If broadly usable to obtain appellate review of nonfinal orders, mandamus would eviscerate the final-decision rule, the cornerstone of federal appellate jurisdiction. It is true that mandamus is one of the safety valves in that rule but it is one of the tightest. It opens only when the petitioner can show that the district court has violated a clear duty and that immediate correction is necessary--without it the petitioner will suffer serious and irreparable injury. Mallard v. United States District Court, 490 U.S. 296, 109 S. Ct. 1814, 1822, 104 L. Ed. 2d 318 (1989); United States v. Spilotro, 884 F.2d 1003, 1007 (7th Cir. 1989); United States v. Horak, 833 F.2d 1235, 1249 (7th Cir. 1987). The second condition is not satisfied here, so we need not consider whether the first is.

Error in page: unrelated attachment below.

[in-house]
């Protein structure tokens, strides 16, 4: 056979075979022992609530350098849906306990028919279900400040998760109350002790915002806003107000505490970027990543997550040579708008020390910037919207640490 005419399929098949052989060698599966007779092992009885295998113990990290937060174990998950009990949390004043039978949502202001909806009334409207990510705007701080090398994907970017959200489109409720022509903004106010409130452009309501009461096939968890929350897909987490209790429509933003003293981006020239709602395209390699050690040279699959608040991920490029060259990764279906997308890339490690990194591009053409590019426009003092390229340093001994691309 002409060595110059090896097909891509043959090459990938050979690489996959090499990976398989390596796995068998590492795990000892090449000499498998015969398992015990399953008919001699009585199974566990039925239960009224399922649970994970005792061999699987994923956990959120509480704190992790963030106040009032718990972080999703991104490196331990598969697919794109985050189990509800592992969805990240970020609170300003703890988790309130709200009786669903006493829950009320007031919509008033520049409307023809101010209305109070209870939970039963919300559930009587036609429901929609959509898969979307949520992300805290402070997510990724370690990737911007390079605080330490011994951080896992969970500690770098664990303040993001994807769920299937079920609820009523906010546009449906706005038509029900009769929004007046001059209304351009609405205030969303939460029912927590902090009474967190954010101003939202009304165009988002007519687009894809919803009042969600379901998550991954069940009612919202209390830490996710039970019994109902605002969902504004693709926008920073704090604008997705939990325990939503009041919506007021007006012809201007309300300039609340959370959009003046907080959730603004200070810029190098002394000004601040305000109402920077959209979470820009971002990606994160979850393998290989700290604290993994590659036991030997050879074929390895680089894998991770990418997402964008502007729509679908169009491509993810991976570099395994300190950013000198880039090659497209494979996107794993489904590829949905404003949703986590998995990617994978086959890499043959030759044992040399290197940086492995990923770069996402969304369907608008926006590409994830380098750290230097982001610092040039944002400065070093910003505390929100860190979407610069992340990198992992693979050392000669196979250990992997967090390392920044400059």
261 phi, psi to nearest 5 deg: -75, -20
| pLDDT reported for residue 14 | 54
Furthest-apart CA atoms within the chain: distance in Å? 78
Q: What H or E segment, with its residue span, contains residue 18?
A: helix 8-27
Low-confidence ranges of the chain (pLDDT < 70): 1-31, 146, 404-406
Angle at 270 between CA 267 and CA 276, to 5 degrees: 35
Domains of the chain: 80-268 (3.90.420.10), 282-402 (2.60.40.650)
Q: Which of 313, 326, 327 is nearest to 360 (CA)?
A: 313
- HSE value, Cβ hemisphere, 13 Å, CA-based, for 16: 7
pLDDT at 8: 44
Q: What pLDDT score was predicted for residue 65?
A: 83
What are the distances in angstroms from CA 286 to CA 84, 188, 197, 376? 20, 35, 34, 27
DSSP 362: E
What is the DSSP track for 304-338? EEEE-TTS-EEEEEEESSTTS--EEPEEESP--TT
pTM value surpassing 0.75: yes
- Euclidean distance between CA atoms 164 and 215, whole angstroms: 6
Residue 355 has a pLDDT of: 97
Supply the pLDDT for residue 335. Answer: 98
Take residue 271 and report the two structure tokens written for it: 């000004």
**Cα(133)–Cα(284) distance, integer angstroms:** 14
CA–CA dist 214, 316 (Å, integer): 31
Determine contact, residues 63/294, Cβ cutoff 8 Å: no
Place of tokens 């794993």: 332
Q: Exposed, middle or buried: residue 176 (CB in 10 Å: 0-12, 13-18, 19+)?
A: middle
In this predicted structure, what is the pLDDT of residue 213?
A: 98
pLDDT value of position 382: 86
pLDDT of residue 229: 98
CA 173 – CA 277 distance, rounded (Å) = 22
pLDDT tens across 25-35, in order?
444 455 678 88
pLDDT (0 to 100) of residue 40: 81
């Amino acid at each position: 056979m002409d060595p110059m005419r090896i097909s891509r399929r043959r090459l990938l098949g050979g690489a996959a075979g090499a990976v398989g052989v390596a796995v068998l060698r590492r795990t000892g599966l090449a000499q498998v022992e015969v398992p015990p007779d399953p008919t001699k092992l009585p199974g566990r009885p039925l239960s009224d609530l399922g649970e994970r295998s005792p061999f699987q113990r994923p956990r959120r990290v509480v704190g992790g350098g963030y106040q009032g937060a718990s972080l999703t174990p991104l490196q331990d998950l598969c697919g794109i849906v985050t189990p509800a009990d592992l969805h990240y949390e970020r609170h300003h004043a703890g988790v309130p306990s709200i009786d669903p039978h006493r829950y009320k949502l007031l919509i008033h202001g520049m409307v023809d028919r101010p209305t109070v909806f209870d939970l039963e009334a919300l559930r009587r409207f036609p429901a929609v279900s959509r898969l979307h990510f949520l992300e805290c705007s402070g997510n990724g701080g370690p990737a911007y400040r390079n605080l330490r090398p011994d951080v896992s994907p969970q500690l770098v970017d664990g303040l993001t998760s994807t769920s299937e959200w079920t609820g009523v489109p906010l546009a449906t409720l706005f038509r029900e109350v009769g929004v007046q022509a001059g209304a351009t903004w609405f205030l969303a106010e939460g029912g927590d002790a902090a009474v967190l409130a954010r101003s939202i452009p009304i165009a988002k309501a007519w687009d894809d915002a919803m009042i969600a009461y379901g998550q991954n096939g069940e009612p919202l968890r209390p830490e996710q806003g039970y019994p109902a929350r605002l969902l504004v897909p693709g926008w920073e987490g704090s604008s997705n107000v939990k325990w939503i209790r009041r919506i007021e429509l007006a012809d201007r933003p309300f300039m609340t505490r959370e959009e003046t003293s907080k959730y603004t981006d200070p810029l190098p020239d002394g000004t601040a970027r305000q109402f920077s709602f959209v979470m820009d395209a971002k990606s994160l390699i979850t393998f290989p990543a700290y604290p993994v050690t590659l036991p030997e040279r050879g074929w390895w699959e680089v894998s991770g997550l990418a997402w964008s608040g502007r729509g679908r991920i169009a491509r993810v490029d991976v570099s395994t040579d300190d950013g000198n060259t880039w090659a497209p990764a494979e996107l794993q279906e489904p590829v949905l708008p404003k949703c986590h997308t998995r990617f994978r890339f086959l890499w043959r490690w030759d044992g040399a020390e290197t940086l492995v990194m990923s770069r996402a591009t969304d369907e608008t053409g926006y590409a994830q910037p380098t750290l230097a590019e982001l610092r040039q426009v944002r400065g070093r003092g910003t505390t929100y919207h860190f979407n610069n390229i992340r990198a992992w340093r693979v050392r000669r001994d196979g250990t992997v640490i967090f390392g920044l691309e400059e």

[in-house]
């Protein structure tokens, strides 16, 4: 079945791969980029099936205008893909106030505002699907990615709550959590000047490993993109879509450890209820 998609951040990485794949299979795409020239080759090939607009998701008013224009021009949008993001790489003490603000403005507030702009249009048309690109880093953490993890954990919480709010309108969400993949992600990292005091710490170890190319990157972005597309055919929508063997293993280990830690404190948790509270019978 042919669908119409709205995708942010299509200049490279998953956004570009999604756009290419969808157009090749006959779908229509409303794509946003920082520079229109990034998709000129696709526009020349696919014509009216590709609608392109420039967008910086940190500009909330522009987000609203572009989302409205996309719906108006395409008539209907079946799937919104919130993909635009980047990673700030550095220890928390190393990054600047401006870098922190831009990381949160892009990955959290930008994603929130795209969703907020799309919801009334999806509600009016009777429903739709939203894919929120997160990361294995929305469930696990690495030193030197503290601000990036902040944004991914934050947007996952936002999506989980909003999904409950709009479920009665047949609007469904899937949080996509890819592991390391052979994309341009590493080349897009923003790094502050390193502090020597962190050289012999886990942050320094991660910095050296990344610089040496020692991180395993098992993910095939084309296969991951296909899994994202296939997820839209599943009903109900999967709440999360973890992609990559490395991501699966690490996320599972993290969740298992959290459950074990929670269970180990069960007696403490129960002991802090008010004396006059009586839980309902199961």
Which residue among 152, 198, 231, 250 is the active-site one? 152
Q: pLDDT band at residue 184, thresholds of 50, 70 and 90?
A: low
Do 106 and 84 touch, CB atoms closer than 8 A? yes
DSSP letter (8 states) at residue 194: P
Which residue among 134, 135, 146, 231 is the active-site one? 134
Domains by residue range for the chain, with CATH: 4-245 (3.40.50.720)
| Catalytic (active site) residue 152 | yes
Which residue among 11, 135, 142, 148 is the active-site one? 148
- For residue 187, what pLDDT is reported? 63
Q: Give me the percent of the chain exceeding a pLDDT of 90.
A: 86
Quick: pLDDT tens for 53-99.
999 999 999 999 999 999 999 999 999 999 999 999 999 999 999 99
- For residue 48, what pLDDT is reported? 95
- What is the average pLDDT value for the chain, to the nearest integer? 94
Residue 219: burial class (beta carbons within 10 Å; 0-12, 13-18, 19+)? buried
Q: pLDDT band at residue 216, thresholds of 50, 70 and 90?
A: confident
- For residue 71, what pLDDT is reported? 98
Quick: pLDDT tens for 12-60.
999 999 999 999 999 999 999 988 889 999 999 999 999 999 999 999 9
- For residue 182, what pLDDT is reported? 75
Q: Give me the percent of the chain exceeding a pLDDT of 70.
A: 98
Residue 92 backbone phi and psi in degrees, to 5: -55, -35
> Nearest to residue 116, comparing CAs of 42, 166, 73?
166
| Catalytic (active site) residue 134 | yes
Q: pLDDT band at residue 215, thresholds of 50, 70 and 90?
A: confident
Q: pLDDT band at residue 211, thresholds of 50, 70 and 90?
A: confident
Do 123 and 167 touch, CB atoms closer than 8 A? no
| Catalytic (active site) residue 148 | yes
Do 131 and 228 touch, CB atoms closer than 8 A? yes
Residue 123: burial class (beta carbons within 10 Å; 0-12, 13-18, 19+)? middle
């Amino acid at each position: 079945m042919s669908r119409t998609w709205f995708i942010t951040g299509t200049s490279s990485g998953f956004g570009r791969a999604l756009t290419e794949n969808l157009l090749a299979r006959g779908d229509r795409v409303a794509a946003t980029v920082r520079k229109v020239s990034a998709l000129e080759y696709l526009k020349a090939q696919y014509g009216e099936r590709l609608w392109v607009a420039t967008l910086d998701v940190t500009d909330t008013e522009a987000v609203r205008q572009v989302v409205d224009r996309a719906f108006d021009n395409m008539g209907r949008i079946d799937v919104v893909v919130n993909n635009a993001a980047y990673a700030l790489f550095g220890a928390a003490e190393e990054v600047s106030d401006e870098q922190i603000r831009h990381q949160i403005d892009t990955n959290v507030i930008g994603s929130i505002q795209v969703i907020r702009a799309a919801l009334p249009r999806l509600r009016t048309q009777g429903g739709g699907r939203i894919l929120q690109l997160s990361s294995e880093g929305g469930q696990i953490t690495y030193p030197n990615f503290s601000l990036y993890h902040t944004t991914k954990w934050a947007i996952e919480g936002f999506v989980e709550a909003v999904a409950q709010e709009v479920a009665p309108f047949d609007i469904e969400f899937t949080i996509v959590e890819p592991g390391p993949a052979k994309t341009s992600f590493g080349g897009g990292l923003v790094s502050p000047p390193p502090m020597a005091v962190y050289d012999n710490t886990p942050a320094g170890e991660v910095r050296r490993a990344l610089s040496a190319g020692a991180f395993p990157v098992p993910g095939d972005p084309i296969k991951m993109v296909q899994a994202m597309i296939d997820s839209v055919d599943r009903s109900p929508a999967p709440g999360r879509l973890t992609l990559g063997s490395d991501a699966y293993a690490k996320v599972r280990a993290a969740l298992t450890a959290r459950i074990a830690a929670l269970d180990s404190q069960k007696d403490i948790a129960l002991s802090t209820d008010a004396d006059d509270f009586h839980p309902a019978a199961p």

The petitioner contends that without making the expenditures for which the district court refuses to reimburse him, he cannot present an effective case for his clients. We assume for purposes of our decision that the contention is correct. There are two possibilities. The first is that the petitioner will dig into his own pocket for the necessary funds, and when and if his clients win their suit will request reimbursement; if that is denied, he will have an appealable issue to present to us. Well, but what if his clients lose their case, thereby undermining the case for reimbursement? Or what if he is eventually reimbursed, but without interest? In either case he will remain free to pursue his remedies under the Tucker Act. 28 U.S.C. § 1346(b). For he claims that the district court's plan under which he was denied immediate and full reimbursement of expenses that his duty to his clients requires him to incur violates his rights under the Fifth Amendment's just-compensation clause. The Tucker Act provides a complete remedy for such violations.